Adding guilt to the price of a manicure News

| 19 May 2015 | 11:12

What price beauty?

In the wake of a report in The New York Times, which revealed nail salon workers’ low wages and deplorable conditions, women throughout the city struggled over how to respond to the news, and what that meant for what many had seen as a perk of city living.

“The shocking reality of the situation is incredibly sad,” said Lauren Dulin, who frequents various salons in Manhattan. “While I never thought these women were getting paid a lot of money, the fact that they don’t even make minimum wage, pay to work for free in the beginning of their careers and deal with abusive work environments, all while the government that is supposed to protect them is ignoring the situation, is infuriating.”

The Times interviewed 100 workers, and learned that a majority do not get paid the minimum wage; to make matters worse, some must pay a significant training fee. Owners can also withhold pay until they deem the employee wage worthy.

When asked what they estimated salon workers’ salaries to be, most of the women we spoke to assumed manicurists were making a yearly salary in the range of $30,000. Others thought they were paid by the hour, along the lines of $7 to $10, depending on the caliber of the salon. As the article revealed, some of the salon workers make an hourly wage as low as $1.50.

The women we spoke with all confirmed that the cost of a regular manicure has not increased for what they felt was a very long time. The Times also referred to a 2014 survey in Nails Magazine that said the national average is almost double the average price of $10.50 for a Manhattan manicure. Martha Torres, who grew up in California, noted the difference in wages there, saying, “All employees have to at least earn the minimum wage regardless of tips.” Dulin, a Florida native, was always aware of the fact that this price discrepancy didn’t add up. “I found it strange that the prices in New York City were the same as they were in Florida, given that everything else is more expensive here.”

As far as tipping goes, reading the article did inspire some women to increase what they give. “I definitely tip more now,” Dulin said. Torres agreed, but brought up the possibility that the workers may not even be earning the tip she leaves. “Since reading the article I have increased my tip, but I worry about the employee actually getting it,” she said. “I read that the owners will keep tips or not pay the entire tip and that’s not right. I hope the employee receives the actual tip I leave, but leaving a larger tip makes me feel that maybe I am helping to improve the situation.”

Although Sandy Strk, who goes to salons in both Manhattan and Queens, never saw employees blatantly mistreated, she does notice that they don’t wear protective masks and gloves or take proper lunch breaks. “I see them eating in the back standing up until someone walks in. Then they quickly stop eating and rush to the customer,” she said.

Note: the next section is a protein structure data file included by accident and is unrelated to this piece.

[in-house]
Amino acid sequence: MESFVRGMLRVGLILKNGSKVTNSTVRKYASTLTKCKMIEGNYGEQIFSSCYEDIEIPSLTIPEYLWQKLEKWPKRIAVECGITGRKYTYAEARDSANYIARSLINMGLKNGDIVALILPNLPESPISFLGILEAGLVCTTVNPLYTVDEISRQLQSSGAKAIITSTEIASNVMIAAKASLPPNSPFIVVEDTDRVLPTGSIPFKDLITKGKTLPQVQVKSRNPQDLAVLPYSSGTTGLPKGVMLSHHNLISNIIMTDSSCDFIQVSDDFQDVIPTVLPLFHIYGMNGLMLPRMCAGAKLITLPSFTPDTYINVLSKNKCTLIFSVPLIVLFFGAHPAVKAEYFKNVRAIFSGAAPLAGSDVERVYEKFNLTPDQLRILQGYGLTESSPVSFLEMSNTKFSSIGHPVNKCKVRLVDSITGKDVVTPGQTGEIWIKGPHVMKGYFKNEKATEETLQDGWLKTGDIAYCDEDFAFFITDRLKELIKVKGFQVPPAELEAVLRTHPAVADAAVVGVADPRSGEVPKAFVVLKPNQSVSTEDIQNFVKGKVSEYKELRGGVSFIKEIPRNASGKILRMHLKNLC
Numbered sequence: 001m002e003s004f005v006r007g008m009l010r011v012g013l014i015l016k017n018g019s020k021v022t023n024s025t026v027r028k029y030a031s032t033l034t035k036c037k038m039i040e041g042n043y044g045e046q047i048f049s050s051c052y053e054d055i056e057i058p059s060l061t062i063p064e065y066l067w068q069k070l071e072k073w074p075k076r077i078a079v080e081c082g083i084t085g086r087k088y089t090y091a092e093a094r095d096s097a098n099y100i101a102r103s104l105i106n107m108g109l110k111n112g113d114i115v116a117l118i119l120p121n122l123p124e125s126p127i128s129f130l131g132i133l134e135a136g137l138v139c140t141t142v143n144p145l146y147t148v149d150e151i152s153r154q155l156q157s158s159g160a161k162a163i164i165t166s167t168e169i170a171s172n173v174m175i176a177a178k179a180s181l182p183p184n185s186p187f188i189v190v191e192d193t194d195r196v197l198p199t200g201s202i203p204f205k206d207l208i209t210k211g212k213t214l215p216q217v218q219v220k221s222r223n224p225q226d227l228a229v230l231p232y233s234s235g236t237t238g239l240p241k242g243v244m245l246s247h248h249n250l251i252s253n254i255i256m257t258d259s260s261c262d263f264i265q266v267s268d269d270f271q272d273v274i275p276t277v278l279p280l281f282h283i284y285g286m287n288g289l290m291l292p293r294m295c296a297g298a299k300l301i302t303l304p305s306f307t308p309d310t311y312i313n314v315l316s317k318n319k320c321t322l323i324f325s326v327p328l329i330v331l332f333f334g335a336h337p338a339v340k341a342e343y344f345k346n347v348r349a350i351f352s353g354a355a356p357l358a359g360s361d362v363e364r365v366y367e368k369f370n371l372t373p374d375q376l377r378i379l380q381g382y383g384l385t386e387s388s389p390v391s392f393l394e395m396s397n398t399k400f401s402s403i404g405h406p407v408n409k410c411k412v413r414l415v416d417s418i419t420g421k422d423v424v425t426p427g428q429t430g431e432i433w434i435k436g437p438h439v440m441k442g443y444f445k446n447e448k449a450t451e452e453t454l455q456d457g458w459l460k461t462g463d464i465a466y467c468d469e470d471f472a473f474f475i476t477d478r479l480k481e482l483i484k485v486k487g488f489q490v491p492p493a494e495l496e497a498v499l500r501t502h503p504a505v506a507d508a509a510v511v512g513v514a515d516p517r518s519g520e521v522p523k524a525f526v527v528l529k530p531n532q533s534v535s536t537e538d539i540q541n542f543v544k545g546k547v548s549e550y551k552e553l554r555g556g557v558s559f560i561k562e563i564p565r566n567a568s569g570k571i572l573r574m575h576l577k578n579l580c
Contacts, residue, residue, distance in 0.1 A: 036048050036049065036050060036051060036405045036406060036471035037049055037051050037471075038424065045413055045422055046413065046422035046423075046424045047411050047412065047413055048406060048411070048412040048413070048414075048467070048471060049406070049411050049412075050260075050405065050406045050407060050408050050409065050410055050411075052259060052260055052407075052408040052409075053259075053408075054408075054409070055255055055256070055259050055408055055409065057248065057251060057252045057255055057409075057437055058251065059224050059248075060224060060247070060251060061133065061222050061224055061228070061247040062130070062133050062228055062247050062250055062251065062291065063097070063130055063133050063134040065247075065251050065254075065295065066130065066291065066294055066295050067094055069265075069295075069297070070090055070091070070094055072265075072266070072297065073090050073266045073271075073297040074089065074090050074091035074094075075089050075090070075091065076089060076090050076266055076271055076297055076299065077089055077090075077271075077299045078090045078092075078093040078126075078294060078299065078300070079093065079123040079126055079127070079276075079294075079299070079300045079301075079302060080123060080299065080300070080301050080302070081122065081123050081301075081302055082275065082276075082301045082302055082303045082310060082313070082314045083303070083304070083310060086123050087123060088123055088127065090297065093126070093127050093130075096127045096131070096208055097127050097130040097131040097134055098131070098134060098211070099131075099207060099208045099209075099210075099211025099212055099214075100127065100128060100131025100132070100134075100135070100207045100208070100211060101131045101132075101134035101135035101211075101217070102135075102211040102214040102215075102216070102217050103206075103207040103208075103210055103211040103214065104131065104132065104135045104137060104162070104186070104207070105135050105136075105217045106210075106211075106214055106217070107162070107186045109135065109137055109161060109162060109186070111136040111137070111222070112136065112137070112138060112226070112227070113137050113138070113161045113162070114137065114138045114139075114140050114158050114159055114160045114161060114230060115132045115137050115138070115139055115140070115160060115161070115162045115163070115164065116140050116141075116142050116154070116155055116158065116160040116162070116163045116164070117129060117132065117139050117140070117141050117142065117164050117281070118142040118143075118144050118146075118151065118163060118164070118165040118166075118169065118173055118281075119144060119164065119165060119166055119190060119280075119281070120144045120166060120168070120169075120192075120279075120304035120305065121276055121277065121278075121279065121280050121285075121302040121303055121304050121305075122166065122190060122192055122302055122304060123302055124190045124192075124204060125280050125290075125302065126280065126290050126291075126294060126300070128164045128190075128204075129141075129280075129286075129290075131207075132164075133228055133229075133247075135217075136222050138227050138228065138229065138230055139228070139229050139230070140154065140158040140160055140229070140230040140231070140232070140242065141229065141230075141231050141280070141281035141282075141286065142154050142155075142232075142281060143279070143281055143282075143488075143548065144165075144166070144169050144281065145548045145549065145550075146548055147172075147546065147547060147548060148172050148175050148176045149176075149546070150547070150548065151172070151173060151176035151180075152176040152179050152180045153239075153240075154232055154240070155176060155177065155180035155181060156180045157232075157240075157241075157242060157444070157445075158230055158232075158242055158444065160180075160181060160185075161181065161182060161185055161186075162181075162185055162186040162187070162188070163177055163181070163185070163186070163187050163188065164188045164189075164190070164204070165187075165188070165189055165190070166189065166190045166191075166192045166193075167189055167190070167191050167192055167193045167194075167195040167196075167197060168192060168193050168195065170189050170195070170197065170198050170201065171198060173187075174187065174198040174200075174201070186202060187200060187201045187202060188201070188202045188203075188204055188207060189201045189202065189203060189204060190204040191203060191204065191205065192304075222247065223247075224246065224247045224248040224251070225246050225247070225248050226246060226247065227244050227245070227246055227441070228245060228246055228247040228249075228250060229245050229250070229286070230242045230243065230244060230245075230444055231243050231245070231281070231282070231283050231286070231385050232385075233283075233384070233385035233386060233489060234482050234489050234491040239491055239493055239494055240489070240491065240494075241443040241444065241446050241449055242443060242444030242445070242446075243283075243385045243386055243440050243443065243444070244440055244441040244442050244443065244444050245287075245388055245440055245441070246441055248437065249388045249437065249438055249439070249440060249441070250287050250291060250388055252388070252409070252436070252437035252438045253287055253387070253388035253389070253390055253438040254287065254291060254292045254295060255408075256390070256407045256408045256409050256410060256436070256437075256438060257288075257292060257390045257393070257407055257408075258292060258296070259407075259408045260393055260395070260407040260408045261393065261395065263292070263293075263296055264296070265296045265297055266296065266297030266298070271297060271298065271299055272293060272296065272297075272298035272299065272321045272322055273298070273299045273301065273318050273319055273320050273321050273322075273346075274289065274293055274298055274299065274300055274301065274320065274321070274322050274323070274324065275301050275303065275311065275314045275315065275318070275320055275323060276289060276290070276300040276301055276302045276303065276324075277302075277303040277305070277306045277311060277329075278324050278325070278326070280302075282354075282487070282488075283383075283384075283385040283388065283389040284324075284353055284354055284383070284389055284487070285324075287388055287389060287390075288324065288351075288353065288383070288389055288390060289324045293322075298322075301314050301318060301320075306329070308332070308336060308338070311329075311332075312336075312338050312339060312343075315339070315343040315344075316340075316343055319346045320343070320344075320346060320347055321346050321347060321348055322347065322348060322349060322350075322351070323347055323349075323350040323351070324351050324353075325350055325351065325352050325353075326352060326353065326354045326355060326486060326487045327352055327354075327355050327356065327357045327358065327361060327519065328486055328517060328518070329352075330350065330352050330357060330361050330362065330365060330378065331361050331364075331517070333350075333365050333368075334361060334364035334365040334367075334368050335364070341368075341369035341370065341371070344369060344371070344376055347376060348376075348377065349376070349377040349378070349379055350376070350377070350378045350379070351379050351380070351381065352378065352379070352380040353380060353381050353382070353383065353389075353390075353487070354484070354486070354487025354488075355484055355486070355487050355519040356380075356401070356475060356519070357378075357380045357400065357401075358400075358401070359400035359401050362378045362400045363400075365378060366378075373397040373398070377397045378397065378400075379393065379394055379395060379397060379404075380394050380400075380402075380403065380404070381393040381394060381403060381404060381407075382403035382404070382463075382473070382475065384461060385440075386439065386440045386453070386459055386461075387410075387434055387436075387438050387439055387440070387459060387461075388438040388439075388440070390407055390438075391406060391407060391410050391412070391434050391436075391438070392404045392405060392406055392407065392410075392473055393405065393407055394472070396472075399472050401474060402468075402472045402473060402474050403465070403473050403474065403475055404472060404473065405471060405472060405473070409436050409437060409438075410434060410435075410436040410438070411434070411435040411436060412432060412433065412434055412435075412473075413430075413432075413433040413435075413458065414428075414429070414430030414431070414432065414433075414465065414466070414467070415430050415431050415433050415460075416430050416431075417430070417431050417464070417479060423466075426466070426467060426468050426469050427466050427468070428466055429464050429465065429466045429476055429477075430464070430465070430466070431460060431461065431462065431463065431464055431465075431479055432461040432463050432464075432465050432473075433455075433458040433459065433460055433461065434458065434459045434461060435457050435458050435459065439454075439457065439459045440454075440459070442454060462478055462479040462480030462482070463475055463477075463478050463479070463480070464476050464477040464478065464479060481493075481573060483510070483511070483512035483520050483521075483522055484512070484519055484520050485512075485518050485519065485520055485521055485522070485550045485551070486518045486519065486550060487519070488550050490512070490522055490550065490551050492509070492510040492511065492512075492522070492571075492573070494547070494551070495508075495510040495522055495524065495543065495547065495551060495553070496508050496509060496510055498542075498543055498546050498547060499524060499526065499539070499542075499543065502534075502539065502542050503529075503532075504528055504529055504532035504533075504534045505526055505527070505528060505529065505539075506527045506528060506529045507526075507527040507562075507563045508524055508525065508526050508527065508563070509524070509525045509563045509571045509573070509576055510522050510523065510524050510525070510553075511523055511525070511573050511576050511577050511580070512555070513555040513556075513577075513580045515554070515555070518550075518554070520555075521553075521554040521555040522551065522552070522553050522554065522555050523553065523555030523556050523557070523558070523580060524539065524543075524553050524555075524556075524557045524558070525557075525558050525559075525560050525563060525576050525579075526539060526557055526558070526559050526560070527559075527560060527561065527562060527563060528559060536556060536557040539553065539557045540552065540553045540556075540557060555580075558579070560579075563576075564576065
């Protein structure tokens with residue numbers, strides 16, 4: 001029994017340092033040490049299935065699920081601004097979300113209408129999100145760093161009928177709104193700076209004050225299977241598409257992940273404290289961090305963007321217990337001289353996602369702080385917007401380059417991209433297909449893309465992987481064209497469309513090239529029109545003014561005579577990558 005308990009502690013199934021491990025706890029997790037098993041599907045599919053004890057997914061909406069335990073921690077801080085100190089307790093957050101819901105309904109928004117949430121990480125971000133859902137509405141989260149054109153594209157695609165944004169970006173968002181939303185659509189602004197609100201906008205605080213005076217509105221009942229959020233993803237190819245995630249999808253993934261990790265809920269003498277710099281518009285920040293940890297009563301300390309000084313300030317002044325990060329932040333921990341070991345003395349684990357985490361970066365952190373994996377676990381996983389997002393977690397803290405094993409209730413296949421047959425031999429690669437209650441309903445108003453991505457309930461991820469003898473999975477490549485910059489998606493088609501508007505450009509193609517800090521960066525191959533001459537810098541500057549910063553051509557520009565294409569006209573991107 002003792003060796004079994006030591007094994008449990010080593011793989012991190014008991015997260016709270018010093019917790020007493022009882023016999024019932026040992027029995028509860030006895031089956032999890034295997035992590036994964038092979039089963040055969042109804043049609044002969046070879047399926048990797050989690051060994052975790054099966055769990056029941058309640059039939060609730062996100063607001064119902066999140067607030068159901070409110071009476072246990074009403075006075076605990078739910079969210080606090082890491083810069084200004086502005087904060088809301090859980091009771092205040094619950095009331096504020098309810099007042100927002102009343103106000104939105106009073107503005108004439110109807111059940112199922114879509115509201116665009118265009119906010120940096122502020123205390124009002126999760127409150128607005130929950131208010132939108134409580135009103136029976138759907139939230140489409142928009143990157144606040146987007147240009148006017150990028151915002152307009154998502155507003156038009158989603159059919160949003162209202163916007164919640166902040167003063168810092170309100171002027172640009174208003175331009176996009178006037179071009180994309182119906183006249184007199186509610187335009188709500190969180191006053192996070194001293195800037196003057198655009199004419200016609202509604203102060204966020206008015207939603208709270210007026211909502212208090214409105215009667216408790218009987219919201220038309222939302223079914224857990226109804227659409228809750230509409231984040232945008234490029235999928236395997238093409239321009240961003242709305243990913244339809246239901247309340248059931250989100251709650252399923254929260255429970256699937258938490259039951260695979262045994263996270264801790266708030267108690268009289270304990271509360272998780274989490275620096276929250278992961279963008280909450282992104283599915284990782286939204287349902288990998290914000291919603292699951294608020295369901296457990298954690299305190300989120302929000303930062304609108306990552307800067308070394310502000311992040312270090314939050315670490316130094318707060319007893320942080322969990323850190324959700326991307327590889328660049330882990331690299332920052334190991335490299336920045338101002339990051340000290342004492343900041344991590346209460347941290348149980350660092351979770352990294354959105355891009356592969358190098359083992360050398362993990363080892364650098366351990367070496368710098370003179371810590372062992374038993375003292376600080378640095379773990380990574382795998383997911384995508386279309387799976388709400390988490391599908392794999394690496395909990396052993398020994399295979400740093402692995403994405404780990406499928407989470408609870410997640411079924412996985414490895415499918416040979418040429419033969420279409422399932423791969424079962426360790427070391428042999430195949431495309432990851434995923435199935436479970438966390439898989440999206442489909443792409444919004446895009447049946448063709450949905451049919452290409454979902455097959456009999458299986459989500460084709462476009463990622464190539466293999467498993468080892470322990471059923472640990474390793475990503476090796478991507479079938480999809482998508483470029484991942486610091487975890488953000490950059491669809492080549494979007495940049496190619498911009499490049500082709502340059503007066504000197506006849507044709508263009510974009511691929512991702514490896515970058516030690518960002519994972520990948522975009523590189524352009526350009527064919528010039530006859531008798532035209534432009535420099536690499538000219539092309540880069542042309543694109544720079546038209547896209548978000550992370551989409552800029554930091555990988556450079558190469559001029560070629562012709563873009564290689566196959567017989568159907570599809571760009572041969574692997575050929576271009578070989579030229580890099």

The article stated that in a salon’s hierarchy, the highest value is placed on Korean women, who get paid as much as 15 to 25 percent more than the others. It also conceded that Latinas are made to administer the least desirable jobs, like giving men pedicures. Caitlin Gangi, who also gets her manicures done in both Manhattan and Queens, said, “I have not seen this type of racism in the industry, however I have seen that the new girls do the men.”

The women we interviewed do not feel guilty about the types of services the employees are providing them, including cutting overgrown cuticles and removing calluses from feet. “People pay for lots of services they aren’t good at or dislike doing,” Dulin said. Dana Lyons Haldeman likened it to a doctor’s work, and said that it’s not the undesirable tasks that are to blame, but the wages, which should be commensurate to the labor.

Salon owners interviewed by the Times posed the argument that they were in fact helping immigrants by employing them. Torres, who herself emigrated from Nicaragua, does not share that sentiment. “It makes me sad to see immigrants taking advantage of and abusing other immigrants. We all came here for a better life and they are exploiting others,” she said.

In order to protect against these infractions, the ladies offered suggestions such as implementing a ratings system similar to what is already in effect for restaurants. Another alternative was to enact stricter laws so salons truly do operate as restaurants when it comes to wages and tipping; since the article was published, both the city and the state have vowed to crack down on the industry.

Going forward, Strk would like to see “spot checking from officials” as part of the changes put into place. She also hopes for fair wages, adding, “even if that means the price that I would be paying for a mani/pedi would increase.”